The Queer Corner | For the love of lavender: Colorful queer resistance

The Queer Corner is a biweekly blog exploring LGBTQ+ community and culture.

By Rachel Bachy, Senior Staff Writer

The lavender latte — a drink that swept through the queer community, almost like a status symbol. It’s the sort of drink you order on a summer day at your local coffee shop to play out your most romantic cottagecore fantasies. It’s a drink that shows you’re someone cool. Someone who probably carries canvas tote bags and listens to not just Mitski, but The Japanese House, too. That is to say — really cool.

But the lavender latte isn’t simply a trend. It’s a movement representative of the larger history between lavender and the queer community. If you’ve taken an AP English course, you’re probably well aware that color can hold deeper meaning. Gatsby’s green light is more than a funky lamp, after all. Outside of literature, one’s choice of color can say a lot about a person, especially if that person happens to live in the Victorian era. Sometimes, a color can even act as a code.

Victorians loved rules. That’s kind of their whole thing. They loved rules so much that they invented unspoken social codes for just about everything — even flowers. After the turn of the century, people largely rejected Victorian rules, and by the 1920s, people began to experiment with, well, most things. They didn’t quite forget the Victorians, though. Instead, they changed the rules. Even the precious flower code. Notably, in the 1920s, a bouquet of lavender gifted from one woman to another meant just one thing — she’s interested

So, why lavender?

Like so many of my favorite things, it all started with Sappho. Besides being a truly phenomenal poet, most people know Sappho of Lesbos for her ties to women who love women. Her name coined two of the most popular terms for queer women, after all.

Sappho’s love for purple flowers shines throughout her writing. Her only complete poem, “The Ode to Aphrodite,” paints her lover in shades of violet, and because she was one of the most popular lesbian poets of all time, the queer community formed a small connection to all things purple.

Years later, back with the Victorians, a man by the name of Oscar Wilde made quite a splash in the cultural scene. Wilde’s beloved work in the arts as a playwright and novelist was disrupted by his notorious celebrity trial on the topic of his homosexuality. Before his imprisonment, he often wrote about his “purple hours” with his male lovers, and because he, like Sappho, was one of the only high-profile gay individuals, lavender solidified its status as a queer color.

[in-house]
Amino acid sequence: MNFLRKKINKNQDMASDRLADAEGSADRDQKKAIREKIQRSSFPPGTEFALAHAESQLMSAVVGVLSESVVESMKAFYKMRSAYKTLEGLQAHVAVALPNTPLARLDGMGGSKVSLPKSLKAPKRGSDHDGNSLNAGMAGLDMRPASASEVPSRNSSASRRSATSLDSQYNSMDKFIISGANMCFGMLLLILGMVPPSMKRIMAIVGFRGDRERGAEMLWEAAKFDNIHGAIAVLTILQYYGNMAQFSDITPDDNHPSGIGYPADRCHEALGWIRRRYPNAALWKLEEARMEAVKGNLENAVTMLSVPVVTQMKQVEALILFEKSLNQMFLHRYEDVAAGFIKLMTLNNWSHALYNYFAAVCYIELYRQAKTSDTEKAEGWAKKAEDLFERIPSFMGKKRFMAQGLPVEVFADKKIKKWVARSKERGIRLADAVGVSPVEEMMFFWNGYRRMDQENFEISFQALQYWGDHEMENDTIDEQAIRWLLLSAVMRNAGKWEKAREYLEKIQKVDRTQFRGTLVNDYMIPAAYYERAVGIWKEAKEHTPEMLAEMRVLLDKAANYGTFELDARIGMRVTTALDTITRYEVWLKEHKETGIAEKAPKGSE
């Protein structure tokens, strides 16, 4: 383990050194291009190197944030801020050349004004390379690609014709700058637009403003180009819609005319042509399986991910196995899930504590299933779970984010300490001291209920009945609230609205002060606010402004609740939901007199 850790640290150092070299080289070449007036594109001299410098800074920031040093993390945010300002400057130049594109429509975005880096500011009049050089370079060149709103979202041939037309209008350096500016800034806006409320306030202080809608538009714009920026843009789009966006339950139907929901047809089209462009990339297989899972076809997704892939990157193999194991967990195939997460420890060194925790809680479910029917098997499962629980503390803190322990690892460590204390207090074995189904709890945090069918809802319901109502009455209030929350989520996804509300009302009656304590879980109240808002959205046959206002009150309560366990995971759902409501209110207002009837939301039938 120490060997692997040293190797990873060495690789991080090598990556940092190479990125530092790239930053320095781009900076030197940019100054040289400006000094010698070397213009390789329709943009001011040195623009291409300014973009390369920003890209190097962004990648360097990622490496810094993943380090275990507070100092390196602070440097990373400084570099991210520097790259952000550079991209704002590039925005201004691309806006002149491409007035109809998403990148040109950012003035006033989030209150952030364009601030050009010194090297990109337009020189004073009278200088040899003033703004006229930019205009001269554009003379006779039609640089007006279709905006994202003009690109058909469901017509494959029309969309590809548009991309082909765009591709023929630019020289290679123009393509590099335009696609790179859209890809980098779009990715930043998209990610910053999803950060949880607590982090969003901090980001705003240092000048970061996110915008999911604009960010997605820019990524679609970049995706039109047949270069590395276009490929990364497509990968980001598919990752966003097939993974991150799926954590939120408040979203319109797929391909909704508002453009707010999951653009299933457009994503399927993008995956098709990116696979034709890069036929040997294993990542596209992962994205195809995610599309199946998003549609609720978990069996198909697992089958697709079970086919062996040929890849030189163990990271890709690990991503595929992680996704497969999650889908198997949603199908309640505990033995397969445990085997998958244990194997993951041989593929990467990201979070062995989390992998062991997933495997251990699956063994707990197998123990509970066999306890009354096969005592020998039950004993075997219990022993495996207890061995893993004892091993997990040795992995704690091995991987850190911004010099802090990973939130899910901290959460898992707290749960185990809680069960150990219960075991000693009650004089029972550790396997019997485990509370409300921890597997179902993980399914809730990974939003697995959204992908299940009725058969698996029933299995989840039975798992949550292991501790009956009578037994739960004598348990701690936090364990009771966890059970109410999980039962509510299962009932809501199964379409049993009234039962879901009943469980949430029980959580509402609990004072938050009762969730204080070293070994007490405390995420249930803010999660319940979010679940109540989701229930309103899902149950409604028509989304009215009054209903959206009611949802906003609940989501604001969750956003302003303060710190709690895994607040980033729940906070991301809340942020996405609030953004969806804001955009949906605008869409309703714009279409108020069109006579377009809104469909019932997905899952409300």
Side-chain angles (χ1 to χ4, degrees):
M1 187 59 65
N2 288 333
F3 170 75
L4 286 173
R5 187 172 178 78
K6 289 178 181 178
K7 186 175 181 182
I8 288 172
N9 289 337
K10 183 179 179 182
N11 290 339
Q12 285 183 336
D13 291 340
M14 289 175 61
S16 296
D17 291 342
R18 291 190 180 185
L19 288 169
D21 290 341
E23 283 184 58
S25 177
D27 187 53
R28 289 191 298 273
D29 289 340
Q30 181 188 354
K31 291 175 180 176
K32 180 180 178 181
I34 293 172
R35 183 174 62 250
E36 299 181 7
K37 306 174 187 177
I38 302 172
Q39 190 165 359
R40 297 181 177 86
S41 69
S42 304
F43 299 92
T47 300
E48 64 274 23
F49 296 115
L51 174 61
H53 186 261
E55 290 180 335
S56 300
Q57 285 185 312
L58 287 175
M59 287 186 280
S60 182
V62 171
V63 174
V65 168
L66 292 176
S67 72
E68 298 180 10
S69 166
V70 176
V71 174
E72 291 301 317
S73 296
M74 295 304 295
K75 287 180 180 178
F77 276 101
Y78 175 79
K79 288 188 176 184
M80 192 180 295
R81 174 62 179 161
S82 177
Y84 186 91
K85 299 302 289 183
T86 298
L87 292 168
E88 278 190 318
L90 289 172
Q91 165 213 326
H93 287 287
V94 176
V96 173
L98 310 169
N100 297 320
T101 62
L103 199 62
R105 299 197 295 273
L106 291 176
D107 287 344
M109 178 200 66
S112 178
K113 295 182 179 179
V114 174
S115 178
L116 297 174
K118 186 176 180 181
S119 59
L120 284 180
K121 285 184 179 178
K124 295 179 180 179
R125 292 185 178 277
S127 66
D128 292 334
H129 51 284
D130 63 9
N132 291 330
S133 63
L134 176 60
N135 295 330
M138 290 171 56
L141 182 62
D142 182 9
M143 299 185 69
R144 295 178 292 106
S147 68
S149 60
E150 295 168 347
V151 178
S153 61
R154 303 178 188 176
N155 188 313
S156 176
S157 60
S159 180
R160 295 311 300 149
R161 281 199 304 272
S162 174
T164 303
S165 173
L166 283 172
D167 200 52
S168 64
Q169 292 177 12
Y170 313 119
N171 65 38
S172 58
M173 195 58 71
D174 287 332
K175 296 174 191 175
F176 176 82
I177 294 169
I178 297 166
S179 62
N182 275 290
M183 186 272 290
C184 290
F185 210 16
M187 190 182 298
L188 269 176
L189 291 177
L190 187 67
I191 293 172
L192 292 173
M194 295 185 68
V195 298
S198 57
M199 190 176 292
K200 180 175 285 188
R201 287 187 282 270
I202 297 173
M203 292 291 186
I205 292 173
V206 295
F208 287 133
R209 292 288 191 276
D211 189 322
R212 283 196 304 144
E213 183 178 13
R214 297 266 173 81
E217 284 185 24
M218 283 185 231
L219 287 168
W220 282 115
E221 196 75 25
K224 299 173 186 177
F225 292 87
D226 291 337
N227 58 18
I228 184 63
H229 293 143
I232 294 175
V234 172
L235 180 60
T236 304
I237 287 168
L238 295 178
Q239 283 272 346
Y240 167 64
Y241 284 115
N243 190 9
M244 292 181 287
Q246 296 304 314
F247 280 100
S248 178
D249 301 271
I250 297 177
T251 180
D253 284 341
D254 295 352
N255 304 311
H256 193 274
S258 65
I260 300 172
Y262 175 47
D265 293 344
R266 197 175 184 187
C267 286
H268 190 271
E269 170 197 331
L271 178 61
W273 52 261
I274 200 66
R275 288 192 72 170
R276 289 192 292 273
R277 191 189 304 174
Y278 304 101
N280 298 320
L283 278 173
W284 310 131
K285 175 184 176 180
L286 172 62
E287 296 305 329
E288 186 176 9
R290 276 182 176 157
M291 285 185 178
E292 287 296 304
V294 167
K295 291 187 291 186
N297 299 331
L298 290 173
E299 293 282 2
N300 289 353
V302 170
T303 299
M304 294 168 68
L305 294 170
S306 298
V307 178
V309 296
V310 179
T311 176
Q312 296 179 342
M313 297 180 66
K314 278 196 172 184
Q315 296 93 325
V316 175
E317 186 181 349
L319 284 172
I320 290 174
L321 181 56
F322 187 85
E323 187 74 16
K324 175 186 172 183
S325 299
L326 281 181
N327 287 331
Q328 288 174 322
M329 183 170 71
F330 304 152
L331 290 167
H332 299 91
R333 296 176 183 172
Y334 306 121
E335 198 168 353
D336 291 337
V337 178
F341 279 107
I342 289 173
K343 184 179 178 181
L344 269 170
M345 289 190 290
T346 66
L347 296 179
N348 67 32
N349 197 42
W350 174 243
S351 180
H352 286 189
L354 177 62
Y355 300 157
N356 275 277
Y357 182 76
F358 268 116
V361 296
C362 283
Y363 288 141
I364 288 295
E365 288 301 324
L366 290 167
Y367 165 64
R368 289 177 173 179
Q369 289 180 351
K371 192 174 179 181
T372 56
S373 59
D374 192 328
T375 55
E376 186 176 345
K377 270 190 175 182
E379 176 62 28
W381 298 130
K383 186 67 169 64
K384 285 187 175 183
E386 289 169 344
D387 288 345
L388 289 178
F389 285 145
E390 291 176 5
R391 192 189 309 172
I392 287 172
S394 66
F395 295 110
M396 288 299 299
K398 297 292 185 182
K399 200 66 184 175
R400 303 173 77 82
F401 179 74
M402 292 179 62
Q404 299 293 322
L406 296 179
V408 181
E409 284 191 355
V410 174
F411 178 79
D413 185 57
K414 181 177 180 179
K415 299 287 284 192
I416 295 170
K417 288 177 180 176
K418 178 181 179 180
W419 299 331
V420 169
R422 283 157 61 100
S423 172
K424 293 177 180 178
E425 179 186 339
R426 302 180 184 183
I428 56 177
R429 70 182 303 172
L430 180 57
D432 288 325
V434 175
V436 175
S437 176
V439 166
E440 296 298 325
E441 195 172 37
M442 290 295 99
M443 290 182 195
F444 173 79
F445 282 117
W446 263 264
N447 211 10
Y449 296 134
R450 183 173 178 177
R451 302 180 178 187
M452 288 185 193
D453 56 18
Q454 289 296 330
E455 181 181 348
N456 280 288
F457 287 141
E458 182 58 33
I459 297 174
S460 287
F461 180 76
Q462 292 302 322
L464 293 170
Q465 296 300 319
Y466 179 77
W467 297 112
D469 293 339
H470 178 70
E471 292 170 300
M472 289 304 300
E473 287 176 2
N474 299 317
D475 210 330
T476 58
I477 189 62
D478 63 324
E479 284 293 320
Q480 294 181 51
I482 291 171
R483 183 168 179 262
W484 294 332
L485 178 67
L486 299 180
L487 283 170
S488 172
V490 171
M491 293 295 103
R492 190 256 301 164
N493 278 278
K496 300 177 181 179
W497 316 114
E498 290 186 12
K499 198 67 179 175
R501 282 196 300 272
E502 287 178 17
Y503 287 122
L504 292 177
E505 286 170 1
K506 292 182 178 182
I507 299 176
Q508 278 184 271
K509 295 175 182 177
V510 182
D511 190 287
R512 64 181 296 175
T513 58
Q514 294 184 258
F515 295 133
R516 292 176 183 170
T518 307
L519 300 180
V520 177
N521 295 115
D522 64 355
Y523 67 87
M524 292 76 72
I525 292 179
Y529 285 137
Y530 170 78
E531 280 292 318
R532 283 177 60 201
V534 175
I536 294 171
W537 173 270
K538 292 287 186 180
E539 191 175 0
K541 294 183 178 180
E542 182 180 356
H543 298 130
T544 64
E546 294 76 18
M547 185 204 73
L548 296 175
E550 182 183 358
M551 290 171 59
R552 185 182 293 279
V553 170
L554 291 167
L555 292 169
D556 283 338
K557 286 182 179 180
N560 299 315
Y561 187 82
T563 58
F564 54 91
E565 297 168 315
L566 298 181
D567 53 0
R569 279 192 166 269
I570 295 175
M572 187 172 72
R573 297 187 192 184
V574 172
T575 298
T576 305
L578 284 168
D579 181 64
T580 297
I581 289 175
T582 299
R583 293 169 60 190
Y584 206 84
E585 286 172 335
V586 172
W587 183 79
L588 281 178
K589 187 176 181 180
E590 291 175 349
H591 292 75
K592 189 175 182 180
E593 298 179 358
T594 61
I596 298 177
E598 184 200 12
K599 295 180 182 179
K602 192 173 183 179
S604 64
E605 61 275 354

Then came the Lavender Scare. The end of the 1940s propelled America out of the fires of war and into, well, the freezer of war. 1950’s Cold War America thrived on milkshakes, poodle skirts and, of course, rampant paranoia over communism. But the war on communism wasn’t just about fighting the USSR, it was about purging the United States of any threats to normative American values. So the Red Scare turned purple with a new target on queerness.

McCarthy era paranoia proposed that being gay was a threat to national security, so President Eisenhower signed executive order 10450 firing around 5000 gay men and women from their government jobs in 1953. Besides the massive job loss, the executive order also officially classified homosexuality as a mental disorder and a “sexual perversion.” And because of purple’s association with the queer community, lavender became a derogatory mark on queer identities. It was a truly terrible time to be gay.

The Lavender Scare dominated American views surrounding the queer community. Homophobia became not just about hate, but about real and tangible fear. Because queerness was now a fireable offense, siding with the LGBTQ+ community could cause someone to lose everything. Just like the Red Scare policed communism, the Lavender Scare shrouded the queer community in distrust and disgust. To make matters worse, gay spaces like bars and clubs saw an uptick in police interest and patrons of those spaces were treated as enemies to the American public.

Thankfully, the ‘50s didn’t last forever. Later in the groovy 1970s, the second wave feminist movement found that it was not immune to lavender propaganda. Feminist writer Betty Friedan went as far as to call lesbians in feminism the “lavender menace,” and I bet she regrets choosing such a cool turn of phrase. After her statement, queer liberation groups within the feminist movement started to reclaim lavender. Most notably, the aptly-named group, the Lavender Menace, worked throughout the 1970s to include lesbian voices in the mainstream feminist movement.

The effects of the war on lavender continue to stifle gender and sexual freedom in modern America. While we have made great progress since the 1950s, we haven’t made it out of the woods yet. At times it feels like we’re walking directly into new and worse metaphorical woods. The history of the Lavender Scare sounds a lot like our current reality of invasions abroad and advocacy for homophobic laws. Just this week, we’ve seen echoes of Cold War fears stretch all the way from the borders of Ukraine to lawmakers in Texas.

But where there’s oppression, there’s resistance. The queer community has been combating hatred with lavender for over a century and we’re not stopping anytime soon. To me, the lavender latte is more than a drink. It’s a symbol of the queer community’s pursuit of liberation in the face of hatred. It’s a reminder that the fight isn’t over. And maybe we can win it. One lavender latte at a time.

Rachel writes about queer culture, the queer community and navigating life beyond the binary. Talk to them at [email protected].